The notion of biological determinism plays a large part into the social construction of gender as it attempts to incorporate the biological aspect of sex into the equation. Biological determinism is the idea that there are innate biological differences or traits which directly affect the ways in which an organism functions. Relating it to sex and gender, it is the idea that women and men are “hardwired” to be attracted to the opposite sex, or have inherent innate features such as aggression in men, or passion and empathy in women. This idea negates any influence that society or social interactions have on an individual. Robert M. Sapolsky challenges this notion in his article “The Trouble with Testosterone”. While he does state that men do tend to have more testosterone in their bodies than women, a concept many point to as a biological determinism for aggression, their lack of understanding in regards to the role of environment leads to misconceptions. As he notes48 in his closing passage, “…Our behavioral biology is usually meaningless outside the context of the social factors and environment in which it occurs” (Sapolsky 2017: 48).

It is the social factors that Sapolsky references which play an important role in understanding gender as being socially constructed. Social constructivism is an idea that meaning within society is not innate or universal, but formulated or created by society itself through negotiations. It is a process by which we learn and internalize social meaning (notes). As such, things such as gender “norms” have the ability to change over time and space (notes). As such, when someone is born either sex male, or sex female, there are a plethora of cultural scripts by which the gender man or women has with it. These gender scripts are more or less agreed upon not consciously, but through social expectations and “norms”. However, it is not simply a one way street. As Giddens notes in regards to the relationship between social structures and individuals, social structures shape individuals, but simultaneously, individuals shape the social structure (Gidden 1984, cited in Risman 2017: 12). This theory differs from biological determinism in that the environment, or society in this case, plays a much more pronounced role in gender identity.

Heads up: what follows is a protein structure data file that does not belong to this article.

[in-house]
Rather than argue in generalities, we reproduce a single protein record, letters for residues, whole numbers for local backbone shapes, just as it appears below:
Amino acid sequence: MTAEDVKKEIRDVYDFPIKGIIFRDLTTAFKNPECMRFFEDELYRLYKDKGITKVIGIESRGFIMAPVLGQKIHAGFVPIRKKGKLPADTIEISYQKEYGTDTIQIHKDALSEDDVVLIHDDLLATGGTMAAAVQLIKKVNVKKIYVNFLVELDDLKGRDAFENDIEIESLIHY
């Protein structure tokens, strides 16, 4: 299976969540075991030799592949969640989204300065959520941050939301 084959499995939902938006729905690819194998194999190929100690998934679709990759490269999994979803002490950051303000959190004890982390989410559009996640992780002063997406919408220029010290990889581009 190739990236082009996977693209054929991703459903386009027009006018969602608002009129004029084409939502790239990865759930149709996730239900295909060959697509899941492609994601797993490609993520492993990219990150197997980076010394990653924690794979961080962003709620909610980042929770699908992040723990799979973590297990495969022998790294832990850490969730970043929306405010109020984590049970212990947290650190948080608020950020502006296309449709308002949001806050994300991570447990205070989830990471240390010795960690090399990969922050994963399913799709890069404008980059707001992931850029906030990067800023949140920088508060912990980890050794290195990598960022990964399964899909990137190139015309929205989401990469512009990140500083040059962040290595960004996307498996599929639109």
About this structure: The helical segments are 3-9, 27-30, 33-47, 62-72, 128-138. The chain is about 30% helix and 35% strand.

Socialization can be thought of as the ways in which people in society go about learning and manifesting the social scripts that are a product of social constructivism. Individuals in society are the blatant target for which agents such as other individuals, groups, and institutions aim to impress cultural or social norms (Forman, Sociology of Gender, 17 September 2018). It is a process of internalization, most of which occurs without us actually realizing it. It differs from social constructivism in that we are the targets which are acted upon or upon which social scripts are applied to. Also of note, social constructivism has much to do with the society on a historical continuum. Both are not stagnant or occur in a vacuum, as such social scripts such as norms change over time (Forman, Sociology of Gender, 17 September 2018).

Gender identity can be defined as an individual’s inner experience or sense of their own gender (Forman, Sociology of Gender, 25 September 2018). For instance, someone can identity as a woman, but might not express femininity on a social level. Or, conversely an individual might have a gender identity of a man, but chose to express a more feminine gender (Forman, Sociology of Gender, 25 September 2018). What is important to note is that gender expression might or might not match an individual’s own gender identity (Forman, Sociology of Gender, 25 September 2018). A more simplistic way of explaining it is that gender identity is what someone feels, while gender expression is what someone might choose to show.